Friday Letter After all this pain, things will get better

The past 12 months have brought unprecedented turmoil to markets everywhere, and the private equity industry suffered profound ripple effects from many of the year’s most dramatic events.  

Here’s our selection of the 10 most memorable private equity stories of the year:

1. Debt markets collapse. When the music finally stopped, the silence was truly deafening. Ever since leverage has disappeared, sponsors have struggled to get financing for deals, with the rule of thumb being the bigger the buyout, the rarer the term sheets. GPs went to extraordinary lengths to fund investments, such as using their own debt affiliates to finance deals, or fighting legal battles to force lenders’ hands. Yet another prevalent trend among large LBO firms was to move strategically to capitalise on credit opportunities. Apollo, Carlyle, TPG, Oaktree and others have raised funds dedicated to buying loans. “Traditional private equity is dead and has been for a year,” Apollo chief Leon Black recently told The New York Times. “We’ve totally turned into a bond house.”

2. The ‘smartest’ shops catch falling knives. One of the biggest bank runs on record also caused some of the largest and most rapid losses in private equity history. TPG alone lost more than $1 billion in its gamble on Washington Mutual. Other brand-name sponsors including JC Flowers and Warburg Pincus have presumably had to have some testing conversations with investors over losses.

3. Mega-deals fall apart. Large, high-profile buyouts that had been agreed at the height of the last market cycle – at high multiples with large leverage components – unravelled. The reasons ranged from GPs invoking material adverse change clauses to beleaguered lenders looking to wriggle free of obligations. In December, Canada’s BCE became the latest victim added to a long list of lost LBOs that also includes Sallie Mae, Huntsman and Penn National.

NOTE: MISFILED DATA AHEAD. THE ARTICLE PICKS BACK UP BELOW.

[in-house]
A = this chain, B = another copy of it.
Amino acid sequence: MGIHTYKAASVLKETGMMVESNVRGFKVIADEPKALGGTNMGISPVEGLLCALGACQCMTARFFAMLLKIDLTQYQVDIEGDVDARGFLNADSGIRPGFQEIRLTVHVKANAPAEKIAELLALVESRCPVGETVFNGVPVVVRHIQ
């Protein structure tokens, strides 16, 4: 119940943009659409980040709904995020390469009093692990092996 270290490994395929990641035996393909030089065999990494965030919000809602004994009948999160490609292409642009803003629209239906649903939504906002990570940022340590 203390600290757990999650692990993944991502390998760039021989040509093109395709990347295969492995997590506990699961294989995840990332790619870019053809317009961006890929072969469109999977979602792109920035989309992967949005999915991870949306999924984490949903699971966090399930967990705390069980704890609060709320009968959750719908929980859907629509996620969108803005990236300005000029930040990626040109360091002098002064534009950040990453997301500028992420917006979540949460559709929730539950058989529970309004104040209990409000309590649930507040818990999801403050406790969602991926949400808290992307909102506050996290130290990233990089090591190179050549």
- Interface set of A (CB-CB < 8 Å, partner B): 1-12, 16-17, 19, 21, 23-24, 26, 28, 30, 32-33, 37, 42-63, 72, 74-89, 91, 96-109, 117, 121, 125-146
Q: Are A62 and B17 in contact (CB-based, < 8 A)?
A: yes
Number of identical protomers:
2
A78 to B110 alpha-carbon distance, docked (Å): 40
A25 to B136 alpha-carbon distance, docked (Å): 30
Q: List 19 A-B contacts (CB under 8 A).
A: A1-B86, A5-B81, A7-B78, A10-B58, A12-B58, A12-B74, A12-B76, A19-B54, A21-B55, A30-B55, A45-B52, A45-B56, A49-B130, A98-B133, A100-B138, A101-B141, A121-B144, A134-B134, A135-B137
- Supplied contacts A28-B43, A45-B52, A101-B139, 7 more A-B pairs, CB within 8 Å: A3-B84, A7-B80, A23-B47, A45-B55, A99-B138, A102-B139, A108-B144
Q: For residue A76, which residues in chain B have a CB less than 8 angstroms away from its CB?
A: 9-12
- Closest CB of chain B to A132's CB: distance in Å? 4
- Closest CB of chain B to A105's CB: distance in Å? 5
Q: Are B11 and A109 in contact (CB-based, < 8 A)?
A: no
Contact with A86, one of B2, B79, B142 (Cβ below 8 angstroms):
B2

4. LP liquidity evaporates. You might not have thought it possible a year ago, but some private equity investors, especially those with leveraged overcommitment programmes, literally ran out of money as private equity realisations slowed. Others started to suffocate as the denominators grabbed their throats. To get themselves out of trouble, some LPs began writing smaller tickets to fewer managers, or turned to selling fund interests in the secondaries market. Still others begged GPs to delay capital calls. And in the most striking development yet, Permira revised the terms on its €11.1 billion Fund IV, allowing struggling LPs, notably its largest investor SVG, to reduce their original commitments to the fund by 40 percent.

5. Fundraising falters. Organising a new private equity fund right now is no picnic. Some GPs, like Madison Dearborn and Blackstone, have already reduced their fundraising targets. Others will delay closings and GPs will be less likely to return to market as quickly as they have in past years. And some market observers expect all of these factors to cause LPs to negotiate tougher terms and conditions.